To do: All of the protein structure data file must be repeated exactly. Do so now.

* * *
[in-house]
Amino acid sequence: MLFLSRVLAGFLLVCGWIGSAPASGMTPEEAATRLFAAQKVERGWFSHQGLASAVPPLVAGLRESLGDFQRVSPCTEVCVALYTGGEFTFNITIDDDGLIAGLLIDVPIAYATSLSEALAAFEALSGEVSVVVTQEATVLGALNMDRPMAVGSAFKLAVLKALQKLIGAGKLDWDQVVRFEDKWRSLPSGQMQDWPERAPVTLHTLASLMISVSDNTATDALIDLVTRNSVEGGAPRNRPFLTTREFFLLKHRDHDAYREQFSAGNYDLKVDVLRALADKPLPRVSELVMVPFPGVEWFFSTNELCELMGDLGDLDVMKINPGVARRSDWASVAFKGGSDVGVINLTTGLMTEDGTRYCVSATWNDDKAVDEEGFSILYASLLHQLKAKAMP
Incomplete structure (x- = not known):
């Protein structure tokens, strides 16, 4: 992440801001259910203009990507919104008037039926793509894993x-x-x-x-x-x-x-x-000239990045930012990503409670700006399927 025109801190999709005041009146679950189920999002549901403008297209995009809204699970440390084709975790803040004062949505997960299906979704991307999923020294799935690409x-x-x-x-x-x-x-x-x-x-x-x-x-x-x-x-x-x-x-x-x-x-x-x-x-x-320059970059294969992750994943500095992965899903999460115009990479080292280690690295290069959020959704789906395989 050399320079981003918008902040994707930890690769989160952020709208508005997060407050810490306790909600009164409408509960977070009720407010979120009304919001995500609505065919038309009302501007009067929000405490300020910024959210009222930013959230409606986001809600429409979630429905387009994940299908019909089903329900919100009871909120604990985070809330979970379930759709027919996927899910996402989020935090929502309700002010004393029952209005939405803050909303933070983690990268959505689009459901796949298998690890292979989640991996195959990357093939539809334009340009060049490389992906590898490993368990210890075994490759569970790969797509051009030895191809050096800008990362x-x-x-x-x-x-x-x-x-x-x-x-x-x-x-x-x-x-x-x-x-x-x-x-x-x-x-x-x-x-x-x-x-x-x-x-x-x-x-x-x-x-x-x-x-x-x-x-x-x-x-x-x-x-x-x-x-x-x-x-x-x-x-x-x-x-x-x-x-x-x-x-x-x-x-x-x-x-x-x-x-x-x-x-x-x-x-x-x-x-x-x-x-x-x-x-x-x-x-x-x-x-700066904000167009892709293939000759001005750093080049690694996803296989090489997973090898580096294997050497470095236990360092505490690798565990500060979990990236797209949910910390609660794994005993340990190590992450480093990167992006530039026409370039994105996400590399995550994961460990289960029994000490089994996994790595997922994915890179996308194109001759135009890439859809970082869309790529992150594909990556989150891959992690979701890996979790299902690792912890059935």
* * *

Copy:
[in-house]
Amino acid sequence: MLFLSRVLAGFLLVCGWIGSAPASGMTPEEAATRLFAAQKVERGWFSHQGLASAVPPLVAGLRESLGDFQRVSPCTEVCVALYTGGEFTFNITIDDDGLIAGLLIDVPIAYATSLSEALAAFEALSGEVSVVVTQEATVLGALNMDRPMAVGSAFKLAVLKALQKLIGAGKLDWDQVVRFEDKWRSLPSGQMQDWPERAPVTLHTLASLMISVSDNTATDALIDLVTRNSVEGGAPRNRPFLTTREFFLLKHRDHDAYREQFSAGNYDLKVDVLRALADKPLPRVSELVMVPFPGVEWFFSTNELCELMGDLGDLDVMKINPGVARRSDWASVAFKGGSDVGVINLTTGLMTEDGTRYCVSATWNDDKAVDEEGFSILYASLLHQLKAKAMP
Incomplete structure (x- = not known):
């Protein structure tokens, strides 16, 4: 992440801001259910203009990507919104008037039926793509894993x-x-x-x-x-x-x-x-000239990045930012990503409670700006399927 025109801190999709005041009146679950189920999002549901403008297209995009809204699970440390084709975790803040004062949505997960299906979704991307999923020294799935690409x-x-x-x-x-x-x-x-x-x-x-x-x-x-x-x-x-x-x-x-x-x-x-x-x-x-320059970059294969992750994943500095992965899903999460115009990479080292280690690295290069959020959704789906395989 050399320079981003918008902040994707930890690769989160952020709208508005997060407050810490306790909600009164409408509960977070009720407010979120009304919001995500609505065919038309009302501007009067929000405490300020910024959210009222930013959230409606986001809600429409979630429905387009994940299908019909089903329900919100009871909120604990985070809330979970379930759709027919996927899910996402989020935090929502309700002010004393029952209005939405803050909303933070983690990268959505689009459901796949298998690890292979989640991996195959990357093939539809334009340009060049490389992906590898490993368990210890075994490759569970790969797509051009030895191809050096800008990362x-x-x-x-x-x-x-x-x-x-x-x-x-x-x-x-x-x-x-x-x-x-x-x-x-x-x-x-x-x-x-x-x-x-x-x-x-x-x-x-x-x-x-x-x-x-x-x-x-x-x-x-x-x-x-x-x-x-x-x-x-x-x-x-x-x-x-x-x-x-x-x-x-x-x-x-x-x-x-x-x-x-x-x-x-x-x-x-x-x-x-x-x-x-x-x-x-x-x-x-x-x-700066904000167009892709293939000759001005750093080049690694996803296989090489997973090898580096294997050497470095236990360092505490690798565990500060979990990236797209949910910390609660794994005993340990190590992450480093990167992006530039026409370039994105996400590399995550994961460990289960029994000490089994996994790595997922994915890179996308194109001759135009890439859809970082869309790529992150594909990556989150891959992690979701890996979790299902690792912890059935």